Research news


Ji Young Choi among 18 to receive child development grants
Ji Young Choi, an Iowa State University assistant professor in human development and family studies, has received one of 18 grants awarded by the Society for Research in Child Development (SRCD) to early career scholars around the globe. Her pilot study will examine the language use and experience of preschoolers who are dual language learners using a novel technology, the Language ENvironment Analysis (LENA) system.

Decision to live together negatively affects wealth accumulationLiving together is often a first step before marriage, or for a growing number of millennials, an alternative to tying the knot. Money or debt can be a common reason for this decision, but there are long-term financial implications to cohabitation, according to research from Iowa State and Kansas State universities.   

Tax hurts investment in medical device research and developmentNew Iowa State University research shows companies cut funding for research and development in response to a tax imposed on medical devices as part of the Affordable Care Act. The study found the tax reduced R&D investment by $34 million and also negatively affected sales revenue, gross margins...


Tricia Neppl granted funding for impacting factors on mid-life years study
Tricia Neppl, an associate professor in human development and family studies, is awarded $16,000 from Michigan State University to examine the impact of environmental stress and biological mechanisms on health and well-being during the early mid-life years.

Cleve Redmond obtains funding for child rearing environment project
Cleve Redmond, a scientist at the Partnerships in Prevention Science Institute, receives a subcontract award of $189,651 from Pennsylvania State University. This award is for the first year of a five-year project, funded by the National Institute of Child Health and Human Development. For this study, Redmond is examining adolescent and emerging adulthood factors that can be targeted through earlier intervention to improve child rearing environments for the next generation.

Amie Zarling is awarded funding for domestic violence against women research
Amie Zarling, an assistant professor in human development and family studies, is awarded $391,000 from the Department of Justice's Office on Violence Against Women to conduct a randomized controlled trial of Achieving Change Through Values-Based Behavior (ACTV), her new program for domestic violence offenders. Zarling has worked closely with the Iowa Department of Corrections for over eight years to disseminate ACTV across the state in both community corrections and prisons. She will compare ACTV to a traditional intervention program, which is based on feminist theory and the Duluth Model. The goal of the study is to evaluate each program's ability to reduce participants' verbal, physical, and sexual aggression toward female partners, and the likelihood of reoffending.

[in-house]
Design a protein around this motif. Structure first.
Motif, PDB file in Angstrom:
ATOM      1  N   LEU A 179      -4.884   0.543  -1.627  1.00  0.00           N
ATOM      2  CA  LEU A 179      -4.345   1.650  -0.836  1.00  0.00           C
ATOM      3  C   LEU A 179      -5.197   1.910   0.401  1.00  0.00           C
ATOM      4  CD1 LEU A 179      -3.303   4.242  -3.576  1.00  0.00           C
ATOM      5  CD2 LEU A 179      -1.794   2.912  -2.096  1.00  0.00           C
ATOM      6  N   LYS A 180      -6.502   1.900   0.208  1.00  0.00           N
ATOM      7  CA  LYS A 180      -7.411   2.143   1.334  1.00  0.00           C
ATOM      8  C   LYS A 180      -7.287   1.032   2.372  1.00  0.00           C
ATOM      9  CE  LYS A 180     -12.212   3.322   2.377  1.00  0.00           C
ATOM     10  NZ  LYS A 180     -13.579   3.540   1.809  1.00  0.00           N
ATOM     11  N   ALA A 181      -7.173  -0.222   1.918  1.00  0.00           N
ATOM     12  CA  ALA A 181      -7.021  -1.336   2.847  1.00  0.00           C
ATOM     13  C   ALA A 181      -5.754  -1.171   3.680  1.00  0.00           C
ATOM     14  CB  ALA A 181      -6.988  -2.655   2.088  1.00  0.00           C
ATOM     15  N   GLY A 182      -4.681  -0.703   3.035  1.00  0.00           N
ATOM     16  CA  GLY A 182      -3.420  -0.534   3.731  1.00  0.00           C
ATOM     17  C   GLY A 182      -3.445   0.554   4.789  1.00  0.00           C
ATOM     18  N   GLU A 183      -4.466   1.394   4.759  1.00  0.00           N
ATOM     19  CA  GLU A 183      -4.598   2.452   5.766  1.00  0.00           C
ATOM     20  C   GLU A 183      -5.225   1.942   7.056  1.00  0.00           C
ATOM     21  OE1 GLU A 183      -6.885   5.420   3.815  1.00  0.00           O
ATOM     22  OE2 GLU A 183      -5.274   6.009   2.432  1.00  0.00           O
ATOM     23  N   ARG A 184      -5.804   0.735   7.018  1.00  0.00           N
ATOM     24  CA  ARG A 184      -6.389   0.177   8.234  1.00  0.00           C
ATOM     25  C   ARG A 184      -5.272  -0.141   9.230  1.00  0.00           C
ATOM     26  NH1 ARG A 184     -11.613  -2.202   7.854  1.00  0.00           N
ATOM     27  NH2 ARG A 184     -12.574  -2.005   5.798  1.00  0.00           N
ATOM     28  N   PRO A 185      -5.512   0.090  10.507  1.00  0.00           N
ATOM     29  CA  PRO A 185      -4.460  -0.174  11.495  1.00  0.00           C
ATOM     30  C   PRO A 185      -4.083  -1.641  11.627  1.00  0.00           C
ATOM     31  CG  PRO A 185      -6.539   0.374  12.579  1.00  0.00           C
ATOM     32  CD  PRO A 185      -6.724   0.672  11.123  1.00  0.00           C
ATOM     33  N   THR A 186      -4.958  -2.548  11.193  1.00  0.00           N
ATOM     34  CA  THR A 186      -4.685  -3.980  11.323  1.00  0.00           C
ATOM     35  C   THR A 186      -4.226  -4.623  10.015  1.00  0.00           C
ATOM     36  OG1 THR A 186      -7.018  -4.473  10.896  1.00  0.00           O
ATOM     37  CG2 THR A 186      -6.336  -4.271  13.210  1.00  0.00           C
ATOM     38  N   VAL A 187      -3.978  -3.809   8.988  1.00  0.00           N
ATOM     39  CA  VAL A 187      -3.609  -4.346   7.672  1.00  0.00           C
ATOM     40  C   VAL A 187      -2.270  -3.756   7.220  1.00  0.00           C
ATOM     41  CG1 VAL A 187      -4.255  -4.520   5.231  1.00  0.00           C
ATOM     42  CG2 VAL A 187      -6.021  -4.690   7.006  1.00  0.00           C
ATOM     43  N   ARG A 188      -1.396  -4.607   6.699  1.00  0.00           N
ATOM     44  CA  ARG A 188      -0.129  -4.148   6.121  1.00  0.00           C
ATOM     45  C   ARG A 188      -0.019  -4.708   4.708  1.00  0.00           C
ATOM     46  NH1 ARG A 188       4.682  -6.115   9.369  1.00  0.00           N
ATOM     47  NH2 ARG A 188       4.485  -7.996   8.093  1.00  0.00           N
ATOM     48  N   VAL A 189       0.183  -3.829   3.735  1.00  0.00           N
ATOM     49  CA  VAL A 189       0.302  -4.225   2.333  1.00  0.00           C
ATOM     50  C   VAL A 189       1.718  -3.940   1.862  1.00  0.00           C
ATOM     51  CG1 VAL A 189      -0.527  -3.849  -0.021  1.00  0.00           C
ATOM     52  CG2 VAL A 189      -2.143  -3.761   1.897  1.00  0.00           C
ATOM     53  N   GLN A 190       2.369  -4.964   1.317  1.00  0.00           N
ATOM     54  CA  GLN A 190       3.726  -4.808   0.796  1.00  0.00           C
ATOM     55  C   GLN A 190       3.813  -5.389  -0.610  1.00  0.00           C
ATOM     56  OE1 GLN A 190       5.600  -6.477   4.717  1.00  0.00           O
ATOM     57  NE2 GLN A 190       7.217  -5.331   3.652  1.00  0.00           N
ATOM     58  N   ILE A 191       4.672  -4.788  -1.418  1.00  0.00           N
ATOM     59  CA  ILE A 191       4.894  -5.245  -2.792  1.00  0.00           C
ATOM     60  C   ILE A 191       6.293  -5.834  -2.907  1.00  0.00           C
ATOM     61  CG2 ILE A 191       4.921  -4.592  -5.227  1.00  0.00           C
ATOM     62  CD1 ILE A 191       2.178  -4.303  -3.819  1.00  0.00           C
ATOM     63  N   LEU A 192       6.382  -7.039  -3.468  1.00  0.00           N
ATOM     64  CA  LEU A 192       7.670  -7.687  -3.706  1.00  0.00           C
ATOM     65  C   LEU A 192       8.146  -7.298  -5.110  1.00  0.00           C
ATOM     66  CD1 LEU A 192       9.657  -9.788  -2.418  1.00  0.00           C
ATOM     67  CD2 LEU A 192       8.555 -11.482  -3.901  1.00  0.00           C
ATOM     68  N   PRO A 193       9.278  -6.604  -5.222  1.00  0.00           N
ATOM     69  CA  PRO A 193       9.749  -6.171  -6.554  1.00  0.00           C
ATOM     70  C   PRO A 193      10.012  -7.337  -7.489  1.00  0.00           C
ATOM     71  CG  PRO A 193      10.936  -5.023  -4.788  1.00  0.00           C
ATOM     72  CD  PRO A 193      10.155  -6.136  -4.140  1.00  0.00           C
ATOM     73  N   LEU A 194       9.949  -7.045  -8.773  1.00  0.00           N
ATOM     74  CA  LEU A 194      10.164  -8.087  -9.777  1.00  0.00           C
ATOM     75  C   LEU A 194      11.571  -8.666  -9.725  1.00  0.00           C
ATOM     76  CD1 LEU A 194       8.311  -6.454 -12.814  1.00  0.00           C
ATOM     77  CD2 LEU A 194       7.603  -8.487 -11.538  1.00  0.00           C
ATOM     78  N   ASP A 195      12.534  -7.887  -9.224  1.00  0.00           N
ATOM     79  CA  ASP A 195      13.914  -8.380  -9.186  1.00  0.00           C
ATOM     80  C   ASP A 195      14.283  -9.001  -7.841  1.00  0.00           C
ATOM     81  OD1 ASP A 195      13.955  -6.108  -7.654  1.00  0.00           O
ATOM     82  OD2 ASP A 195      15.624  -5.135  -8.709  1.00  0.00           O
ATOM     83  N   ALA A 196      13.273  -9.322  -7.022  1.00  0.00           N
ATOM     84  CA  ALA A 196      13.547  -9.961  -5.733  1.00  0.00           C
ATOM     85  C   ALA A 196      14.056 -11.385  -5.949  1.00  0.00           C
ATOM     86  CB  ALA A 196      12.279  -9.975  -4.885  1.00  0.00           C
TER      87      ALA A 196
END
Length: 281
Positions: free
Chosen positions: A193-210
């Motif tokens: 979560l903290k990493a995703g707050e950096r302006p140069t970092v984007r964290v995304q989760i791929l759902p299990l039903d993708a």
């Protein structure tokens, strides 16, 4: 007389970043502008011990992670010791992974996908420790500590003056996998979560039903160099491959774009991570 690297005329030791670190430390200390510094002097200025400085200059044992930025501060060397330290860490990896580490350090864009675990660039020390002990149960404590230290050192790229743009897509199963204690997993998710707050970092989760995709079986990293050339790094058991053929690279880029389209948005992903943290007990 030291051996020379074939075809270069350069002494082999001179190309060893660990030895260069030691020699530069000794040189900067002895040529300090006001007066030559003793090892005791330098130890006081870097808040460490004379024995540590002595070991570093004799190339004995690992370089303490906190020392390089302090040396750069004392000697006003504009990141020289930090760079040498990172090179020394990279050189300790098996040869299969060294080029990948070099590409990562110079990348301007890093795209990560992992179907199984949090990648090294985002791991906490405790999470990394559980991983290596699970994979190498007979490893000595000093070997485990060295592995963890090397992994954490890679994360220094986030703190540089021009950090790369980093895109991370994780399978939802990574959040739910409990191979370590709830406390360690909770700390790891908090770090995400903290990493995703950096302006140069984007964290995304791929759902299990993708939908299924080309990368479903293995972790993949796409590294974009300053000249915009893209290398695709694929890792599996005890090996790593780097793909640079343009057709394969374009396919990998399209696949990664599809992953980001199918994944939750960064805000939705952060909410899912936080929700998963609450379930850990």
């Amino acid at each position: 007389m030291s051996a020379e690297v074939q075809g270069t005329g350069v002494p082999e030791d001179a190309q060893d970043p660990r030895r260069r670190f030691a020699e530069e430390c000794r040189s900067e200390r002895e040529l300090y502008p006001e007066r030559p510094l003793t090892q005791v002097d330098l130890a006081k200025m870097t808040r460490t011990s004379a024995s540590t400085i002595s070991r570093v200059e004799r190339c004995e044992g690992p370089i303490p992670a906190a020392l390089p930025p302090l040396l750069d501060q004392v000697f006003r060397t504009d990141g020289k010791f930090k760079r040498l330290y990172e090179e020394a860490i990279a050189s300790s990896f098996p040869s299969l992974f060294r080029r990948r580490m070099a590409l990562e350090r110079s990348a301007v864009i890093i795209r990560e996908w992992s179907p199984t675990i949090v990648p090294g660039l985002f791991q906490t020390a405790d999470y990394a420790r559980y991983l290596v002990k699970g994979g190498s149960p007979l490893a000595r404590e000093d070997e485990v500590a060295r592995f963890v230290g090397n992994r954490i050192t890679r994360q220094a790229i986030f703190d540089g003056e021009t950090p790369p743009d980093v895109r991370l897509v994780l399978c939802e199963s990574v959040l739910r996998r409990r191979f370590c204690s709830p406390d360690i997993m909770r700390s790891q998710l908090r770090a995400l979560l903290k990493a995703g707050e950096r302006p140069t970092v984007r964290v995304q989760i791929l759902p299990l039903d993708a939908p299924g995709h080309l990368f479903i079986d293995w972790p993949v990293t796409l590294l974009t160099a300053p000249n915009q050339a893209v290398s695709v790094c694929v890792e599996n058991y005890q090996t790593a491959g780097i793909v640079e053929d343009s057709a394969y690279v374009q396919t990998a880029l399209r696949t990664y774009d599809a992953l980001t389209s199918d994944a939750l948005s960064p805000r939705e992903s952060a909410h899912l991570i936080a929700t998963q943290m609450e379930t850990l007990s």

The College of Human Sciences is seeking proposals from untenured faculty members for research seed grants of up to $10,000
Untenured faculty members in the College of Human Sciences are invited to submit proposals for seed grants designed to help them develop as researchers. Apply online.

Iowa State University research links racial discrimination, depressionRacial discrimination in the neighborhood can make a person more prone to clinical depression, according to newly published research from Iowa State University.


One-hour Researcher Guidebook webinars presented by University-Industry Demonstration Partnership kick off February 7
The seven free one-hour webinars for researchers and contract negotiators are designed to give you a competitive edge and provide you with insight to better navigate expectations when industry and university researchers collaborate. The webinars are hosted by the Office of Intellectual Property and Technology Transfer. Attend one or more sessions, but RSVP to pduncan@iastate.edu at least one week in advance. Each session runs from noon to 1
15 p.m. at 1805 Collaboration Place in Ames, except on February 21, when it will be held in Room 6115 of Building 6 at the Research Park.


Contact research dean by January 31 to plan for NSF Early Career Development Program award application
The National Science Foundation's Early Career Development Program offers a prestigious 5-year awards for early career investigators. Although the submission deadline is in July, now is the time to begin planning a submission. If you think you will submit an NSF Career proposal in 2018, contact Brenda Lohman or Sarah Carlson by January 31 to develop a plan for proposal development and support. The NSF directorates for Education and Human Resources and Social, Behavioral and Economic Sciences have program areas that intersect with Human Sciences fields. STEM education and increasing accessibility in STEM fields are also topics that NSF funds.